The plot is sort of secondary to the other things that are sort of going on in the piece. I think that if people get a little confused it’s not necessarily going to get in the way of them enjoying the movie.
Behind the scenes of "Jason Takes Manhattan," 1989.
Writer/director Rob Hedden planned to incorporate the City to its fullest extent. He said:
There was going to be a tremendous scene on the Brooklyn Bridge. A boxing match in Madison Square Garden. Jason would go through department stores. He’d go through Times Square. He’d go into a Broadway play. He’d even crawl onto the top of the Statue of Liberty and dive off.
Unfortunately, the low budget horror flick couldn’t afford any one of those ideas so Jason didn’t end up spending much time in Manhattan after all.
Director John Huston captivated Sylvester Stallone, Michael Caine, and Pelé while filming “Victory,” 1981.
Some truly legendary soccer players participated in Victory like Pelé, Bobby Moore, Mike Summerbee, and Sylvester Stallone…? Obviously, one name in that list doesn’t fit and Stallone made that painfully clear when he lobbed to score the game winning goal as the goalie. Apparently, it had to be repeatedly explained to Sly that a goalie would likely never score and certainly a game deciding goal. But hey, Rocky used his hands not his feet.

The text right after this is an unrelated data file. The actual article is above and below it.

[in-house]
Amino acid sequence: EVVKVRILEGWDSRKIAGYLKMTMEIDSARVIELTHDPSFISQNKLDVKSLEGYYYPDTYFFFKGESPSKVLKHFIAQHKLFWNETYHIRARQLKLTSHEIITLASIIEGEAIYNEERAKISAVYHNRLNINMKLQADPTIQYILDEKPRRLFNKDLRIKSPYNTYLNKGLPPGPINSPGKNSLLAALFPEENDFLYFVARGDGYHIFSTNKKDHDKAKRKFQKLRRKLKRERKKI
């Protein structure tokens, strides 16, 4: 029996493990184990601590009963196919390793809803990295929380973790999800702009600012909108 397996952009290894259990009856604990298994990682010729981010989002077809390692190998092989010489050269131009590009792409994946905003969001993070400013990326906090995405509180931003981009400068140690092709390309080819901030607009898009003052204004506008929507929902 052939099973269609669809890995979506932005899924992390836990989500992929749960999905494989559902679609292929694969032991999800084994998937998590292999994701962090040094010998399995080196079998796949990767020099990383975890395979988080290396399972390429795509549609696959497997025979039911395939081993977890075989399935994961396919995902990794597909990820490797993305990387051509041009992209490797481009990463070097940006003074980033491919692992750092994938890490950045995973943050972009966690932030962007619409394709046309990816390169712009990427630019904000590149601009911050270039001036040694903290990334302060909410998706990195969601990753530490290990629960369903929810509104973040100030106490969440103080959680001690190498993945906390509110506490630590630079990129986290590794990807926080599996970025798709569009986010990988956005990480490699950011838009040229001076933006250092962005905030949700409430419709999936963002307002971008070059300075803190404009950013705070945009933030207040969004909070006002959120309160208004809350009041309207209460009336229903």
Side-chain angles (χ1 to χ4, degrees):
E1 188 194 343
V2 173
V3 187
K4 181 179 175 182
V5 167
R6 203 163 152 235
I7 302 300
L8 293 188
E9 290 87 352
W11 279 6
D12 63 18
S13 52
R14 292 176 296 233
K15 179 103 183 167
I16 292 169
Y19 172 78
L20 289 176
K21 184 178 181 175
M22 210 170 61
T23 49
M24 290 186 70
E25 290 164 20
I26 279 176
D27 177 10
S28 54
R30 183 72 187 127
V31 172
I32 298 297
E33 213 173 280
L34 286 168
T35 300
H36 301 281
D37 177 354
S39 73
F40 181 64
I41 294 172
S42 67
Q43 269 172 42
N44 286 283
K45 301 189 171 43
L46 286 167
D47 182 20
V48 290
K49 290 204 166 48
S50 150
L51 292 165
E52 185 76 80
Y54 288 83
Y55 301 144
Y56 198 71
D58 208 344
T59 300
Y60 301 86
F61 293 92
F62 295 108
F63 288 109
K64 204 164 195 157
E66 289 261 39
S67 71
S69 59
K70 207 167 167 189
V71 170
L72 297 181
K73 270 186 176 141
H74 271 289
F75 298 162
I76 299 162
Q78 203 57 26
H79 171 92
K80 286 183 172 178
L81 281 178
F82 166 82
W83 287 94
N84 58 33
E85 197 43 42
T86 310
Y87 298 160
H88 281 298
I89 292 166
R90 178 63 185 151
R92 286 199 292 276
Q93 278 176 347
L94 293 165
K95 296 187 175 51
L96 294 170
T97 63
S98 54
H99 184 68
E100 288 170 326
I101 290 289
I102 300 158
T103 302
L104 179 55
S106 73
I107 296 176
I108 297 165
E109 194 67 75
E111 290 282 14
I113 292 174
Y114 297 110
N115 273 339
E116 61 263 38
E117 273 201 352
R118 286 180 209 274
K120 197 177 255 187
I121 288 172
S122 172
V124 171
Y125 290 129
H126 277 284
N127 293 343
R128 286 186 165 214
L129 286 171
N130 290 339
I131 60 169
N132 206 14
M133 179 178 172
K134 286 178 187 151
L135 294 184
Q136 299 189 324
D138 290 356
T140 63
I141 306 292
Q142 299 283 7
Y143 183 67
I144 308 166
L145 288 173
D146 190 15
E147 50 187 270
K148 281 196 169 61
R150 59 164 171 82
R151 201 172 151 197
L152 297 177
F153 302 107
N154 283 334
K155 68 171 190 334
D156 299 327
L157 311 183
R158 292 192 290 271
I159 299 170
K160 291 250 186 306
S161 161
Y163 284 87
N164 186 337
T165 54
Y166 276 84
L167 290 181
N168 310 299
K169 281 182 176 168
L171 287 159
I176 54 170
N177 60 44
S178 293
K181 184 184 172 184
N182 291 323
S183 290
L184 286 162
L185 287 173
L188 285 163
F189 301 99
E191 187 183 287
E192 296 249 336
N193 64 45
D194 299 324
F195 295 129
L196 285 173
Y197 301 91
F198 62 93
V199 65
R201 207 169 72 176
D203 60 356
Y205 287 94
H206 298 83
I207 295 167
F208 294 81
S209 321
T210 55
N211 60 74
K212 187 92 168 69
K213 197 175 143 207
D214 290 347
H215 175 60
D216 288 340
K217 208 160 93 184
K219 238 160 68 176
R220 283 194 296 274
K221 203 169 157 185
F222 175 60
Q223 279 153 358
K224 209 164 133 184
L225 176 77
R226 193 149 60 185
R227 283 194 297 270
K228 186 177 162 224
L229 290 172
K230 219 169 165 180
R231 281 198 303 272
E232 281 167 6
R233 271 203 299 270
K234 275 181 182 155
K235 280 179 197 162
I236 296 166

Movie magic with James Cameron on “True Lies,” 1994.
Ever wonder how movies realistically destroy entire cities using everything from aliens to asteroids? Today CGI often provides the answer but nearly as often, practical effects like miniaturization do. Obviously, back in the ‘90s directors and cinematographers had to get really creative. Although, a $100 million budget, the first of its kind for True Lies probably didn’t hurt either. Despite that massive budget Arnold Schwarzenegger nearly died when a horse reared near a 90-foot drop!
Roger Moore worked his James Bond charms behind the scenes of “Live And Let Die,” 1973.
When Sean Connery rejected the offer to return as Bond on Live And Let Die, producers realized their back up plan of American John Gavin wouldn’t work. Despite still paying Gavin in full, producers went on the hunt for a better Bond. They considered Julian Glover, Jeremy Brett, Simon Oates, John Ronane, William Gaunt, and Michael Billington before deciding on Roger Moore.